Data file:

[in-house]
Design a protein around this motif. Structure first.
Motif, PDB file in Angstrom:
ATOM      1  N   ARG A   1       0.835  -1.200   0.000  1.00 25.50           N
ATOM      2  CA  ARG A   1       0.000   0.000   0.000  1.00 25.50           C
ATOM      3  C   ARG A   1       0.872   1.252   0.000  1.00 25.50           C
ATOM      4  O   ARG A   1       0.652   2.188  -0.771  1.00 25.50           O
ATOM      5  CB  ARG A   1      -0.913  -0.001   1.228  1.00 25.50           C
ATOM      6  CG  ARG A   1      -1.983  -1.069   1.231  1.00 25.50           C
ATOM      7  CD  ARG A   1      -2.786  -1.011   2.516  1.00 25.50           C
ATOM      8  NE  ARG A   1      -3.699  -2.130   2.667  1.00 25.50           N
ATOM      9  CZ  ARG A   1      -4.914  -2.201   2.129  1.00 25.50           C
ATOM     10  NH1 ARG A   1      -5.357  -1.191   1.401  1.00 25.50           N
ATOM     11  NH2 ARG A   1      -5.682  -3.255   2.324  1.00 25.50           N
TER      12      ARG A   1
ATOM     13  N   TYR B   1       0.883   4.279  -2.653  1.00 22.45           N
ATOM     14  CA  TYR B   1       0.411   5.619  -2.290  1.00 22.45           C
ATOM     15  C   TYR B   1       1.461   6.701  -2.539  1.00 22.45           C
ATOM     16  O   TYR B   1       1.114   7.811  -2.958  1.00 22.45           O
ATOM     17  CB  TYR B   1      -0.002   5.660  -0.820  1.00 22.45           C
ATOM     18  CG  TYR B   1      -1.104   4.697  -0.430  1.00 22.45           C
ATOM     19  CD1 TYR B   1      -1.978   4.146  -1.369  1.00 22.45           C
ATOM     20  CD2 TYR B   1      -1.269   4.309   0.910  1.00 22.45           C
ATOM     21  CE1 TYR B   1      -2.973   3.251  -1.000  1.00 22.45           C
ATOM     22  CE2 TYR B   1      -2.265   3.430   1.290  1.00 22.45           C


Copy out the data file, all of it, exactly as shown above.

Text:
[in-house]
Design a protein around this motif. Structure first.
Motif, PDB file in Angstrom:
ATOM      1  N   ARG A   1       0.835  -1.200   0.000  1.00 25.50           N
ATOM      2  CA  ARG A   1       0.000   0.000   0.000  1.00 25.50           C
ATOM      3  C   ARG A   1       0.872   1.252   0.000  1.00 25.50           C
ATOM      4  O   ARG A   1       0.652   2.188  -0.771  1.00 25.50           O
ATOM      5  CB  ARG A   1      -0.913  -0.001   1.228  1.00 25.50           C
ATOM      6  CG  ARG A   1      -1.983  -1.069   1.231  1.00 25.50           C
ATOM      7  CD  ARG A   1      -2.786  -1.011   2.516  1.00 25.50           C
ATOM      8  NE  ARG A   1      -3.699  -2.130   2.667  1.00 25.50           N
ATOM      9  CZ  ARG A   1      -4.914  -2.201   2.129  1.00 25.50           C
ATOM     10  NH1 ARG A   1      -5.357  -1.191   1.401  1.00 25.50           N
ATOM     11  NH2 ARG A   1      -5.682  -3.255   2.324  1.00 25.50           N
TER      12      ARG A   1
ATOM     13  N   TYR B   1       0.883   4.279  -2.653  1.00 22.45           N
ATOM     14  CA  TYR B   1       0.411   5.619  -2.290  1.00 22.45           C
ATOM     15  C   TYR B   1       1.461   6.701  -2.539  1.00 22.45           C
ATOM     16  O   TYR B   1       1.114   7.811  -2.958  1.00 22.45           O
ATOM     17  CB  TYR B   1      -0.002   5.660  -0.820  1.00 22.45           C
ATOM     18  CG  TYR B   1      -1.104   4.697  -0.430  1.00 22.45           C
ATOM     19  CD1 TYR B   1      -1.978   4.146  -1.369  1.00 22.45           C
ATOM     20  CD2 TYR B   1      -1.269   4.309   0.910  1.00 22.45           C
ATOM     21  CE1 TYR B   1      -2.973   3.251  -1.000  1.00 22.45           C
ATOM     22  CE2 TYR B   1      -2.265   3.430   1.290  1.00 22.45           C